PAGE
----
The Florida Fish and Wildlife Commission (FWC) recently announced upcoming “Pet Amnesty Day” events across the state where people who’ve acquired exotic animals such as pythons, iguanas and lizards can surrender their unwanted animals to the zoo, no questions asked.
Some people have wondered if The Humane Society of Vero Beach and Indian River County is also having a Pet Amnesty Day. My response is that every day at our Humane Society is Pet Amnesty Day. Each year we take in six to seven thousand animals, never turning an animal away – even those who aren’t dogs and cats.
While a vital part of our mission is to provide a haven for animals in need, an equally important part of our mission is to educate the public about the issue of preventing animal tragedies.
What exactly is tragic about owning an exotic? These animals are derived from the exotic pet industry, an industry that’s currently thriving yet has little regard for what happens to an animal once the purchase is complete.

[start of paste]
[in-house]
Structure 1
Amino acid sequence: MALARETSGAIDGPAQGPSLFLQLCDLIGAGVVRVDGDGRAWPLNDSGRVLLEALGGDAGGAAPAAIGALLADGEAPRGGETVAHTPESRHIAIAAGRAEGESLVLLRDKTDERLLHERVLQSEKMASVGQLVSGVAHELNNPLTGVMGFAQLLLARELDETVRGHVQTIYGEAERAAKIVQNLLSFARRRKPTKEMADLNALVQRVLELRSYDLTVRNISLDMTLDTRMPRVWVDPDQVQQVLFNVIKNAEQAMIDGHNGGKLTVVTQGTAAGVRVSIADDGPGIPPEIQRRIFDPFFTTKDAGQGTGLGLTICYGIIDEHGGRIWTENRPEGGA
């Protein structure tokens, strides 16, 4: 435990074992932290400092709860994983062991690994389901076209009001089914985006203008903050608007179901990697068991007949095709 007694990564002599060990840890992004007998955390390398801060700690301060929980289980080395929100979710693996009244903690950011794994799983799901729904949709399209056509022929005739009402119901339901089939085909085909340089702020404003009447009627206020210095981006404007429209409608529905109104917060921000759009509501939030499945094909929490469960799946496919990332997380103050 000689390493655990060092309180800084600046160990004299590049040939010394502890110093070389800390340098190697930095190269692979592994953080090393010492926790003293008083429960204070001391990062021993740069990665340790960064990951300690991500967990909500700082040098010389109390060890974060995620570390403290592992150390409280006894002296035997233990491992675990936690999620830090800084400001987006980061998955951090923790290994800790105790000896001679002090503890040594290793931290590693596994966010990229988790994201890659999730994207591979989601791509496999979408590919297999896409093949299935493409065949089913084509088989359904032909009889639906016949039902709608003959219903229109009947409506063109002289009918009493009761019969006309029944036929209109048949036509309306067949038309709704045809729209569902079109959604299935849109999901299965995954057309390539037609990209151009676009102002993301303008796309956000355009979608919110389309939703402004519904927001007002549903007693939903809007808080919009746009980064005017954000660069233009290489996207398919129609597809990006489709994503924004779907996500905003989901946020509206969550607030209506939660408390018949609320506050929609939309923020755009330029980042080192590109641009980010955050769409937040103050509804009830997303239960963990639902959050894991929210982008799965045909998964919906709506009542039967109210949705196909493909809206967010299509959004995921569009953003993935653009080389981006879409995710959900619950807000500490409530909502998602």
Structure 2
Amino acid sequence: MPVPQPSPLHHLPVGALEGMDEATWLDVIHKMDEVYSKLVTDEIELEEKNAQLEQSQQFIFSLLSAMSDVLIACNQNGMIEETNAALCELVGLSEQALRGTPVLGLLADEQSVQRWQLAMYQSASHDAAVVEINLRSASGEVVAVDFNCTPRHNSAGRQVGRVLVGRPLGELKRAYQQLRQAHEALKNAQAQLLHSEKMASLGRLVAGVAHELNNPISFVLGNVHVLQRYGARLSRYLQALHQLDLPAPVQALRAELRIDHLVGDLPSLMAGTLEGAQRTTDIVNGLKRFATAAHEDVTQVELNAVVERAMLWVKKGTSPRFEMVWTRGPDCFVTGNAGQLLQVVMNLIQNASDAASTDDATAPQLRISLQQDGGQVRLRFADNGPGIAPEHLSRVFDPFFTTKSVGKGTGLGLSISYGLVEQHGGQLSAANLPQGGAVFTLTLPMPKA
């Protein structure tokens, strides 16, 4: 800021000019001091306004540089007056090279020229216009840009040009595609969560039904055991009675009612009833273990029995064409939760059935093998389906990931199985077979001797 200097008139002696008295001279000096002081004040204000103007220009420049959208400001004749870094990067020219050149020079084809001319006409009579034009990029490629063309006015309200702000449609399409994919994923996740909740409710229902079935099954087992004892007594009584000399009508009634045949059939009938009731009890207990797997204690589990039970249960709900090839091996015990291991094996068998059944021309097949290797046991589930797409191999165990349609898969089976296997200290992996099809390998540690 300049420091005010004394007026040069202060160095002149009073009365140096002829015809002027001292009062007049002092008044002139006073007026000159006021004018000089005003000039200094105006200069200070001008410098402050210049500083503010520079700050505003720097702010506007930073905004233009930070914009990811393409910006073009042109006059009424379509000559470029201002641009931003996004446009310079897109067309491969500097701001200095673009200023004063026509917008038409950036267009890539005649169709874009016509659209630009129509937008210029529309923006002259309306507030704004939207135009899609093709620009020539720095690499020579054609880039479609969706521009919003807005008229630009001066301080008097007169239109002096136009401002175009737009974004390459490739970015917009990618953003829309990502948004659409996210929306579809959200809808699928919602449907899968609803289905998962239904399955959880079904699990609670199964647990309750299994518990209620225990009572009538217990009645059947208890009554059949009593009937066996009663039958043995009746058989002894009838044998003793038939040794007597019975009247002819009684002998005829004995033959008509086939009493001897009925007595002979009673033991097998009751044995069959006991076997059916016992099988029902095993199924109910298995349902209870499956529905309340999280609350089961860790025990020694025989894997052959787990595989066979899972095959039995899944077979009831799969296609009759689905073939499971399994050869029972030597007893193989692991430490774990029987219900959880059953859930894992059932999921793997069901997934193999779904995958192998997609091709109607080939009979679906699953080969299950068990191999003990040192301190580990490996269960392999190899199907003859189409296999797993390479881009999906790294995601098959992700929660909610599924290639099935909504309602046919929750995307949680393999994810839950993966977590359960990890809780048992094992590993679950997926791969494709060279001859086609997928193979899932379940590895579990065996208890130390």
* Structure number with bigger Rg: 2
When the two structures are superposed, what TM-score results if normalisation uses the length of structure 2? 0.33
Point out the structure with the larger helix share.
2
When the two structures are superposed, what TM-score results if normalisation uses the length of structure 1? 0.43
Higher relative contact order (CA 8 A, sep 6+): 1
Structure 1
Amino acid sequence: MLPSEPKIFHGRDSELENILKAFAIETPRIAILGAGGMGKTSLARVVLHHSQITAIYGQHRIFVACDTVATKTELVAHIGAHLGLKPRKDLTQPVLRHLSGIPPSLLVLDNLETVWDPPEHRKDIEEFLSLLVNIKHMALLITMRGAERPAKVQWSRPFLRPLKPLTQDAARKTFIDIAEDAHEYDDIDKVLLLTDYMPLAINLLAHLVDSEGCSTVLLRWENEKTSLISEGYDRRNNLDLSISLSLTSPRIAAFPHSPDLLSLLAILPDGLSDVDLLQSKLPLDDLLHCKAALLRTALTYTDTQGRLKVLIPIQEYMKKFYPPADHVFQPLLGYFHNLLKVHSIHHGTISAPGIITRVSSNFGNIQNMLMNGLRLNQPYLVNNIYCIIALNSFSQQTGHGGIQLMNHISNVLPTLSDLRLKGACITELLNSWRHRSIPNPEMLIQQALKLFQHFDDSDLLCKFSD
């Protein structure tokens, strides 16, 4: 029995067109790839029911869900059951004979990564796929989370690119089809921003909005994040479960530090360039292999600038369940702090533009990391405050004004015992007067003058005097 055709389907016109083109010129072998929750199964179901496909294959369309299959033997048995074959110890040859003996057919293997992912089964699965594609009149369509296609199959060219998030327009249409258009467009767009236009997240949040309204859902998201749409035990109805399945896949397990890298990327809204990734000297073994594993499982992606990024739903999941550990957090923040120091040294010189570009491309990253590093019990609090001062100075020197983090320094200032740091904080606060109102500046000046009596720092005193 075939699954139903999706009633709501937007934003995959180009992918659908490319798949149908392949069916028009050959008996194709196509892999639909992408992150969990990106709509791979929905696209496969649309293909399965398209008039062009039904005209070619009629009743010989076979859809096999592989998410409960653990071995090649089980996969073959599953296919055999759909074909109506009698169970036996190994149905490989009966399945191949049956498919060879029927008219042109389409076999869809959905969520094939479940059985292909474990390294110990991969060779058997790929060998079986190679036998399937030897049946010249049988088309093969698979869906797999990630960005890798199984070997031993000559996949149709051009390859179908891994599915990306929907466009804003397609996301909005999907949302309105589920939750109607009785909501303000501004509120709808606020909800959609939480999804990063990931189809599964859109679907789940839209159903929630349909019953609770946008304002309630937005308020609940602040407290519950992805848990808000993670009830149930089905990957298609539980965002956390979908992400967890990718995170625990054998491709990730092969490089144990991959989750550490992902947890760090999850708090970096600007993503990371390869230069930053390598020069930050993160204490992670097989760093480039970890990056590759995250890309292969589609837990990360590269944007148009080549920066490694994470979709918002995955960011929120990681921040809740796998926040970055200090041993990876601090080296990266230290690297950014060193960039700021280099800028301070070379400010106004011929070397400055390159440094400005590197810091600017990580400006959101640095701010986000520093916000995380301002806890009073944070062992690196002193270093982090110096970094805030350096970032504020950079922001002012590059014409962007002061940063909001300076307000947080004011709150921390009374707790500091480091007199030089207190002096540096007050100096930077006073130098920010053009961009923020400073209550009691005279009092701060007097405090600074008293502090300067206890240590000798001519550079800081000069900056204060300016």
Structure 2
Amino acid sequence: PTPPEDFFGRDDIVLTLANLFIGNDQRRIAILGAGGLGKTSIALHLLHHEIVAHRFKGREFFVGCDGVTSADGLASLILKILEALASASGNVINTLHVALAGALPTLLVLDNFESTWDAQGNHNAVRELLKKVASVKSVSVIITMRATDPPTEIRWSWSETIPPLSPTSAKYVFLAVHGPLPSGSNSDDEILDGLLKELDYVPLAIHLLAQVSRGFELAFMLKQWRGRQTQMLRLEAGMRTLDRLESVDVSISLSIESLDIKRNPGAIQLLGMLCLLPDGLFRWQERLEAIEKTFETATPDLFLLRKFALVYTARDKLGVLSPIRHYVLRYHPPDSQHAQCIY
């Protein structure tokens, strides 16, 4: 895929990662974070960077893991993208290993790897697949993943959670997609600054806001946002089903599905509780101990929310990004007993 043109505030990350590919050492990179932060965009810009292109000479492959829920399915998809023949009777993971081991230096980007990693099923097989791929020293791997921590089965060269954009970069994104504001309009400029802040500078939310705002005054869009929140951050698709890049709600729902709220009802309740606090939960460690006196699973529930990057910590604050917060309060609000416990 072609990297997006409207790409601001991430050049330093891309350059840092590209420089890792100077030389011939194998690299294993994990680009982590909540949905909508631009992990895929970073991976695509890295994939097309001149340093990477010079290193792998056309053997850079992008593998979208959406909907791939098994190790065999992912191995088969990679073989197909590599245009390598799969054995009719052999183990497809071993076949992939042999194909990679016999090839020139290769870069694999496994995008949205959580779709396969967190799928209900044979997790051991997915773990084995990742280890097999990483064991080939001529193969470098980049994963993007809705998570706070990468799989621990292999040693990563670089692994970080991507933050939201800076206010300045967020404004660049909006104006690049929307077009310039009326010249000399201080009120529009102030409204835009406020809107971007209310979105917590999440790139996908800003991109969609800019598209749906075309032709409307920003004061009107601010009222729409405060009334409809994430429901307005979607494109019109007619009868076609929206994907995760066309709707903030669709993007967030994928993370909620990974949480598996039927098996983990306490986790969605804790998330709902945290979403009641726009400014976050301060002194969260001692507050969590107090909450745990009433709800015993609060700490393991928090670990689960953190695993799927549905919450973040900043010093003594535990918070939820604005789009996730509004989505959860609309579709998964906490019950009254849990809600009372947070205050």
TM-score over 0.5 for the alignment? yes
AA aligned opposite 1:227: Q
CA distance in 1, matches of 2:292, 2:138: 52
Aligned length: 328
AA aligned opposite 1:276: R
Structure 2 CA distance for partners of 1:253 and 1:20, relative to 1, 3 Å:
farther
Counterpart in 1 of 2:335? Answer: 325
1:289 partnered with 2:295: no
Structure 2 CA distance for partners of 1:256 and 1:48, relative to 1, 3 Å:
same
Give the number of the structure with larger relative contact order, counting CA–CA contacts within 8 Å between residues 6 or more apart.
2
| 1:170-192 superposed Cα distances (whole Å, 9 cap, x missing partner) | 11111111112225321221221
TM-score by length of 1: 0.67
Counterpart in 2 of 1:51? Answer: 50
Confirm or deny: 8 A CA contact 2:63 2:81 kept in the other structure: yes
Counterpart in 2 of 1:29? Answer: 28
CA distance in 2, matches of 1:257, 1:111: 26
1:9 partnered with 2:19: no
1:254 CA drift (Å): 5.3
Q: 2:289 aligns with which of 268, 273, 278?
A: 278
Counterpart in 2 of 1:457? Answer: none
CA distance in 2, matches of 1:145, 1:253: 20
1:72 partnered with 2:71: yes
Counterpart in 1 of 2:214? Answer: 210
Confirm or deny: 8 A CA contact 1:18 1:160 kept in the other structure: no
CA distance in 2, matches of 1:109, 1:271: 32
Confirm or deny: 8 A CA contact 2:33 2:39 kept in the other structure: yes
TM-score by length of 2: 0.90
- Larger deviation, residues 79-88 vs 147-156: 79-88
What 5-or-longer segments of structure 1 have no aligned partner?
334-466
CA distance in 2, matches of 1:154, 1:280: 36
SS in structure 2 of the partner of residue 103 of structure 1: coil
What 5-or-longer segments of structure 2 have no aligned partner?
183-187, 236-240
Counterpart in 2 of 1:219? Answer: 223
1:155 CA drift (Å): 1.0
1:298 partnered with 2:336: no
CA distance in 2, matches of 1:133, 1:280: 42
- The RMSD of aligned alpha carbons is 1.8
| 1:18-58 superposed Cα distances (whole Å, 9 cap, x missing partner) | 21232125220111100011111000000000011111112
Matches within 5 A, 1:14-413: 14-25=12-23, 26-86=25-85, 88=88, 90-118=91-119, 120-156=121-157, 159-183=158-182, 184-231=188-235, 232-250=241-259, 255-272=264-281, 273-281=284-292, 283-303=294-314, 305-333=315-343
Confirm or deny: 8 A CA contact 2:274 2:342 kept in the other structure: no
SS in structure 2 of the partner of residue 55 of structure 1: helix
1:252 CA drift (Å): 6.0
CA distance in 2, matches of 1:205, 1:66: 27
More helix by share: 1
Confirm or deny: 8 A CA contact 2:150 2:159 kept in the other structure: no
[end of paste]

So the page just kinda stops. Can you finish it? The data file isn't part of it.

And what’s the outcome for these animals? Once the novelty of owning an exotic has worn off, many are relegated to a tank in a back bedroom or garage where they often die after a few months.
And as we have seen from recent headlines many others are abandoned in the Everglades, around local waterways or on undeveloped land where they cause unintentional harm to native species. It’s pitiful to think that animals who would normally thrive in their own natural habitats are treated this way.
The solution goes back to prevention. Rather than creating regular Pet Amnesty Days as a response to this overwhelming problem. The Humane Society of Vero Beach and Indian River County asks that members of our community work to avert these tragedies from occurring in the first place by discouraging friends and neighbors from acquiring exotic animals.